First published in the Hektoen International Medical Journal. Hektoen International Journal is published by the Hektoen Institute of Medicine.
To view the story online visit the Article Here.
I saw two bright colored Polaroids: One pictured Rudolph, a burly coal miner with a white bandage about his left ankle. The second was a close-up showing a four-inch long festering ulcer overlying his Achilles tendon. Its crater floor appeared necrotic, slimy, and green. The margins looked chronically inflamed and rolled inwards. The lower edge was thicker and suspicious of an early squamous cell cancer—a classic Marjolin’s ulcer. As an oncology surgeon, I had only seen a similar photo in a textbook. I was certain of the diagnosis, although I had never treated one.
Tom and Dorothea, my next-door neighbors, casually showed me the photos during a gathering of distraught parents with teenagers approaching driving age. They congregated at our home on a gray Saturday afternoon, November 25, 1990, to petition our town of Manlius, a Syracuse community, for a traffic light at the top of our street. Another sixteen year old had died in a crash at its intersection on Thanksgiving.
“Is this something you could operate on?” asked Tom.
“Yes,” I said with assuredly, as if answering an academic question. “Where did you get the photos? And who is the person?”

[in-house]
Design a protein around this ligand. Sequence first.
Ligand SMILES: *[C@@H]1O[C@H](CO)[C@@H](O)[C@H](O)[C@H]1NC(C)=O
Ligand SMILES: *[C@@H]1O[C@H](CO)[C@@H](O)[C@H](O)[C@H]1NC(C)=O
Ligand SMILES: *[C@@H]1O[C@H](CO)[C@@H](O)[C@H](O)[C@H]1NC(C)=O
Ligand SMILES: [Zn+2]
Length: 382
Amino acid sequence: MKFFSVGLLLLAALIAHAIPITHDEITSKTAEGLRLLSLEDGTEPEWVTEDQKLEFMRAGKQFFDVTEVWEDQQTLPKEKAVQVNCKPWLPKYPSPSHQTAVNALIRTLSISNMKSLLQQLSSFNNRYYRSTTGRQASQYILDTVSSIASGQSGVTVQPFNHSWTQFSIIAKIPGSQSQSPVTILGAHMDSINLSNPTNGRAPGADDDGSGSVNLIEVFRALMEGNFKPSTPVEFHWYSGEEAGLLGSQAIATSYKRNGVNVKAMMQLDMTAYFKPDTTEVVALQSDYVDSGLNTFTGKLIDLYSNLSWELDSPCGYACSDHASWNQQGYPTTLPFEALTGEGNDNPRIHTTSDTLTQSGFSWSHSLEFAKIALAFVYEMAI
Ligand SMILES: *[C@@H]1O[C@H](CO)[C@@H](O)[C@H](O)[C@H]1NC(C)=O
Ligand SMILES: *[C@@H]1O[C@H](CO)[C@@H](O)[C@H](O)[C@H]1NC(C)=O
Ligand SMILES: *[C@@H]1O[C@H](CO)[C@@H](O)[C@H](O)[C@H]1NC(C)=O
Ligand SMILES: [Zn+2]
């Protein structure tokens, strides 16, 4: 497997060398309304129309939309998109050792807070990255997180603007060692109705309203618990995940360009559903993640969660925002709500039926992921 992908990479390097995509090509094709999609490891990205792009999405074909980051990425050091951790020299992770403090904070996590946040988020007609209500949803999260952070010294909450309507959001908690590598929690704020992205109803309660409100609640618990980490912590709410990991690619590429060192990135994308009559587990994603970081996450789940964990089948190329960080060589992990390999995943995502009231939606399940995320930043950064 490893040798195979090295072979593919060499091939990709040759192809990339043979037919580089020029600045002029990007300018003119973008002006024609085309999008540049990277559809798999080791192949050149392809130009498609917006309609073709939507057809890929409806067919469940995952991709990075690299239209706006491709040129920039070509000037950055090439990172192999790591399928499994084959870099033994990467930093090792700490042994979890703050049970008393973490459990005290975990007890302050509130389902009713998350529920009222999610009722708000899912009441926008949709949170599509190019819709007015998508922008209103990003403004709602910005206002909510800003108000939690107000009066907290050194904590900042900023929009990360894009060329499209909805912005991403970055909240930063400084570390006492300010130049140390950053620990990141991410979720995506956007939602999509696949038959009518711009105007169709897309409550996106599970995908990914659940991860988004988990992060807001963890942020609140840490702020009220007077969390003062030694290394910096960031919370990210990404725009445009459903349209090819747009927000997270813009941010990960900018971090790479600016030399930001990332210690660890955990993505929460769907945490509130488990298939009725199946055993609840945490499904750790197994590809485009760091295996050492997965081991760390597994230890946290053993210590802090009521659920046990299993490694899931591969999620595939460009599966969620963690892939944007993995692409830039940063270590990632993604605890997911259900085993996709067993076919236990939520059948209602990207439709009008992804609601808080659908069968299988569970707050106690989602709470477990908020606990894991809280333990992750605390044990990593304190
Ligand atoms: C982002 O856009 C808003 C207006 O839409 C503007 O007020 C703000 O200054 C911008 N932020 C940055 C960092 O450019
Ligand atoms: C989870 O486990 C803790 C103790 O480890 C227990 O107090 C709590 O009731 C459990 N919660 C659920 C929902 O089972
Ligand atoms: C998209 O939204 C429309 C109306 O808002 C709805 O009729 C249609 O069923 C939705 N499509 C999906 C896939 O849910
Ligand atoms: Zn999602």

Tom and Dorothea had visited Poland the previous summer, accompanied by Rudolph’s nephew, Jan, one of Tom’s students at Utica College in Upstate New York. Their visit coincided with the tumultuous sociopolitical upheaval. The anti-communist Solidarity movement, the Soviet-bloc’s first independent trade union, ended communist rule and saw its co-founder, labor activist Lech Walesa, form the nascent Solidarity government. Accompanied by Jan, the American couple traveled to Jaworzno, an industrial city of about 90,000, south of Warsaw in the Silesian Highlands where they met Rudolph. Jan had asked them if his uncle could be cured in America.
Tom continued, “One morning in 1965, Rudolph was riding his old motor cycle to the mine. Bumping over railroad tracks it overturned, pinning his left leg beneath him. The battery’s acid spilled onto his ankle, burning his skin, eating it away and creating a painful ulcer.” During the first few years his frequent wading in polluted water during his twelve-hour mining shifts constantly irritated it, preventing the wound from healing. When his political activity as a Solidarity union leader elevated him to a desk job at the mine, he had access to the best medical care Poland could offer—the ulcer still did not heal. Why had all the salves, creams, and medical attention not healed it? The situation could be more complicated than I understood.
“Would you be willing to operate on Rudolph if we brought him to Syracuse?”
“Sure,” I replied.
After the neighborhood meeting I was haunted by the commitment that I made. I had agreed to operate on a patient based solely on a Polaroid picture of a long-standing non-healing ulcer. Did I have all the facts? How old was he? Was he a diabetic, did he have peripheral vascular disease, or hypertension? Had I made a rush to judgment, an imprudent error, by readily agreeing to help a patient, sight unseen? What surgeon would have made a decision to operate based on a photo and a vague history of spilled battery acid?